As I mentioned earlier, we wrote the book together. Each sentence was written collaboratively. We didn’t choose to write individually and then try to later fit the prose together. When writing individually, there’s always the chance that tone and style will vary and need to be adjusted in the editing process. Barbara and I very much had a unique collaborative tone – I’m not sure that either of us, individually, would have achieved the light, conversational tone we were after in the book.
We used Google Docs to write our book. Google Docs, for those who haven’t used this program collaboratively, allows multiple authors to interact with the written document in real time. If Barbara wrote a sentence, I could immediately see what she wrote and I could even start editing while she was still writing. We could have various versions of a sentence in front of us and each of us could equally move or edit the writing.
We were conversing on Skype at the same time we were writing. Sometimes talking out our ideas before they went on the page, other times writing first and talking about how the sentence flowed.
We would chat a bit about what we wanted to write and then one or the other of us would start writing. Sometimes one of us was scripting what the other said to see how the idea flowed on the page. When Barbara was writing, the words appeared magically on the page!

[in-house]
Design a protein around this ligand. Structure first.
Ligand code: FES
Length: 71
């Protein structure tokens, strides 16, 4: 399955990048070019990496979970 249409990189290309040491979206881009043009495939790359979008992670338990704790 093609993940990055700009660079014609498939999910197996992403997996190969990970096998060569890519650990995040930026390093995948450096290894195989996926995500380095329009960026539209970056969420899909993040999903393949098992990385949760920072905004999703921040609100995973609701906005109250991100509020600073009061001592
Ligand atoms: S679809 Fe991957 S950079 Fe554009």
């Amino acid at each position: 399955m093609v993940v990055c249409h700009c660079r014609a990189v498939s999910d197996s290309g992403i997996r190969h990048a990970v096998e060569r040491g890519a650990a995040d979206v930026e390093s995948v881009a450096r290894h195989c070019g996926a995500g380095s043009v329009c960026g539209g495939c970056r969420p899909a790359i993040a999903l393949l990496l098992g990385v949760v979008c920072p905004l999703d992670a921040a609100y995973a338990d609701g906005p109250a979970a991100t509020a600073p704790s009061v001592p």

Even if Barbara and I were meeting in person, we wouldn’t have the type of instant writing feedback that Google Docs provided. We could immediately interact with each other’s writing as it was happening.
Skype plus Google Docs was the perfect combination.
I’m a big believer in social learning theory – we can often achieve more when working together than apart. I believe our book iPractice is better for Barbara and I working together to create the ideas.
I think the book is better for our virtual collaboration, it was definitely an enjoyable writing process. I would encourage authors and researchers who collaborate to continue their collaboration into the writing process.
Technology sometimes is criticized for separating people, but it also has the ability to bring people, separated by geography, together.
Head over to iPractice: Music Technology in Action for all the latest in integrating music technology into your studio or classroom.